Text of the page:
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Ok so I guess last few days there was a kernel upgrade in apt, cause I had to reboot. And since then, X shows up in htop eating 50% or more of my ram!

And the swap is totally eaten too. I haven't seen that happen in years.

Using 10.10 w/ compiz and an nvidia 6150 with the official nvidia drivers.

This has made my computer unusable. I disable AWN and changed my theme and no effect on X ram usage.

I tried looking with the 'tree' mode in htop for anything that stood out but didn't see anything.

Help, cause now I have to boot up into Vista.

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How much memory do you have and did you test running ubuntu in console only, just to see if it is a service or some gui program. –  Luis Alvarado Dec 24 '10 at 2:51
    
It might be wise to remove and reinstall the Nvidia drivers. –  NightwishFan Dec 24 '10 at 3:19
    
Have you tried booting using an older kernel ? I know that on my Vaio, X doesn't even start if I use the latest kernel... –  jfoucher Dec 24 '10 at 17:39
    
Well it has mostly stopped, I think it was Gwibber and gwibber-service. –  todd Jan 25 '11 at 2:13
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1 Answer 1

While it may appear that X is using up all the RAM, 99% of the time it's not X but some client application.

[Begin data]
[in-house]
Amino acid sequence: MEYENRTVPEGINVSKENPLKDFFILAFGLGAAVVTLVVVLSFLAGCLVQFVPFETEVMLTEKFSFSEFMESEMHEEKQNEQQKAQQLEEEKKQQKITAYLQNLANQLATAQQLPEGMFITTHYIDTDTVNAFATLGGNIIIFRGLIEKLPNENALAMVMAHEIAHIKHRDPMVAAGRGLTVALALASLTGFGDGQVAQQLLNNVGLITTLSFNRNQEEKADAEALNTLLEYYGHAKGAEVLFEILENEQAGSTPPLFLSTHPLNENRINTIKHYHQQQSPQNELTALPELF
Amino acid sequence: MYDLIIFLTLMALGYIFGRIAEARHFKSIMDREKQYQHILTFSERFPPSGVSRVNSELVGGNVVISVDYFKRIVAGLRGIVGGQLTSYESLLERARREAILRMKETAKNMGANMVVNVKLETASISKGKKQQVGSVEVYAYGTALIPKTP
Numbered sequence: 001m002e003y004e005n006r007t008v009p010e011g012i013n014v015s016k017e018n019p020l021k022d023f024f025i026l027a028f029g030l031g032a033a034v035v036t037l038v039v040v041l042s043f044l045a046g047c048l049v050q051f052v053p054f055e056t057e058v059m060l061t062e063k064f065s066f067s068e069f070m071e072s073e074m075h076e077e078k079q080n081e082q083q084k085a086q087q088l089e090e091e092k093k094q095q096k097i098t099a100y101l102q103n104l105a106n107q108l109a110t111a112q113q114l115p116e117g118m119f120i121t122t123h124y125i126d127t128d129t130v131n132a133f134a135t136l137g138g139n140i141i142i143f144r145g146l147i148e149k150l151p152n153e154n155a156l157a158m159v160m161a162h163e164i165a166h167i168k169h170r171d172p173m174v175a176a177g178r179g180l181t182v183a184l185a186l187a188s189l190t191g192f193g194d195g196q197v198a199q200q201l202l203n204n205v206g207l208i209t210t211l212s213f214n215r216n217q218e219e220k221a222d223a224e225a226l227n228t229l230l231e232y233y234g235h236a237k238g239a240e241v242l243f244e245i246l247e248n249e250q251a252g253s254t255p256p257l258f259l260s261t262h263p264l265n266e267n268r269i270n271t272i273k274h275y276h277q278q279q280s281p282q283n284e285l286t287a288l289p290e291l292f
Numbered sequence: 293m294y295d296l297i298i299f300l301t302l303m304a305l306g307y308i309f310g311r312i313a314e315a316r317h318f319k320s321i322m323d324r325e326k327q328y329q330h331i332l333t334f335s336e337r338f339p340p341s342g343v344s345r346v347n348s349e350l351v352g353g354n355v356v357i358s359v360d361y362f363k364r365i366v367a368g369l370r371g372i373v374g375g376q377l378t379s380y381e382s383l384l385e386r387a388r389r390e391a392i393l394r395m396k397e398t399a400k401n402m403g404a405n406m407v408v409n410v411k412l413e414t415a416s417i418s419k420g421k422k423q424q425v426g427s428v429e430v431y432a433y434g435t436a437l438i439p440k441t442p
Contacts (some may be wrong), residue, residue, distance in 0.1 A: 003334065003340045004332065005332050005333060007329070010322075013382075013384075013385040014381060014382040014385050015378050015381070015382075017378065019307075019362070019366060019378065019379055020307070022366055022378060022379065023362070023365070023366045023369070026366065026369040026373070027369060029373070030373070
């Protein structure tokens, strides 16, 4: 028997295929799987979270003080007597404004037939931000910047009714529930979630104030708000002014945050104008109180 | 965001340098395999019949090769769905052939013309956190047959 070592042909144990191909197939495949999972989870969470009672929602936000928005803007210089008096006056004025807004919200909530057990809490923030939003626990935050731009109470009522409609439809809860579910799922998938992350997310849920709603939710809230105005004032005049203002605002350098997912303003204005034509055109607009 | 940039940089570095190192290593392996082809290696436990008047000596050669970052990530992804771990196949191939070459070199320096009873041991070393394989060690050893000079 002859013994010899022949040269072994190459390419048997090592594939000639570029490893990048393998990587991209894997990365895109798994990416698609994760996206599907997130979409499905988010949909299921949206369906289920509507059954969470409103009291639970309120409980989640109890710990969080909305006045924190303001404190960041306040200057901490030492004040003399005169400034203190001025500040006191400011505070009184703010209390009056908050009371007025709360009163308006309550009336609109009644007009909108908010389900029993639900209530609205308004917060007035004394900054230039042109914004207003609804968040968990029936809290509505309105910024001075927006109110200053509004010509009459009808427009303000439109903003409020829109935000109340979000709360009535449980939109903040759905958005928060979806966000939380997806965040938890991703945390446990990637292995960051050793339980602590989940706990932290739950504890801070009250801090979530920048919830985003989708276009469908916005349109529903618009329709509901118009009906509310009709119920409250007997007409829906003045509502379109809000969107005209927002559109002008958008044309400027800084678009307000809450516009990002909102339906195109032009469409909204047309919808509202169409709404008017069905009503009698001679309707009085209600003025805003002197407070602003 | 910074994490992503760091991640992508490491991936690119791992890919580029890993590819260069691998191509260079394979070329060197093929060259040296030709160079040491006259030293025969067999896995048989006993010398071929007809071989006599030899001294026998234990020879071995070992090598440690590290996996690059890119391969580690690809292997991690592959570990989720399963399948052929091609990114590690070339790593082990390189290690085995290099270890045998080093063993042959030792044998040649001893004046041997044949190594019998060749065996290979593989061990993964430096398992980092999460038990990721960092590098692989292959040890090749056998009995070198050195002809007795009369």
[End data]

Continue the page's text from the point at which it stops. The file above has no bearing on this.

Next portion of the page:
The Xserver is a server, and so it responds to client requests. Clients can drive up X RAM or CPU usage by making excessive calls to the xserver, sort of like a DDOS attack against a web server.

The standard way to debug this kind of issue is to look through your process list (e.g. 'ps aux') and start killing off applications one by one until the load dissipates. Whatever you killed last is probably what's to blame.

The program xrestop can give some indication of what clients are using resources, however unfortunately the memory column in that report doesn't give total memory usage, just pixmap memory. But it can give you a starting point.

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Oh sorry I didn't respond earlier to you guys thanks for answering. I thot I was supposed to get emails for replies, but I guess not. Anyways, I have 2 gigs of Ram. And I am using htop sorted with the memory field. I kill anything iffy, like Chrome and DropBox, and while the swap will clear up a bit, the line with /usr/bin/X is always at the top and still shows 44-59% RAM and then right below the next biggest ram eater is like compiz 2.3% or AWN. It HAS to be an X memory leak cause X doesn't go down in memory usage even after I close Chrome, which is by far the biggest RAM eating program. –  todd Dec 25 '10 at 1:25
    
I will check into booting with the last kernel, if I didn't tell Grub to only keep one around. –  todd Dec 25 '10 at 1:27
    
Client memory leaks can be caused by even the tiniest applet. In fact larger apps like chrome tend to have better memory checking and testing tools so ironically are less likely to cause these kinds of memory issues. –  Bryce Feb 9 '11 at 20:57
    
Also, even with all visible GUI apps closed, there are still background apps you might not notice - things like indicators, settings daemons, panels, and the like. Really, you have to look through 'ps aux' or similar to see what exactly is running (look for stuff running as your username first). –  Bryce Feb 9 '11 at 20:58
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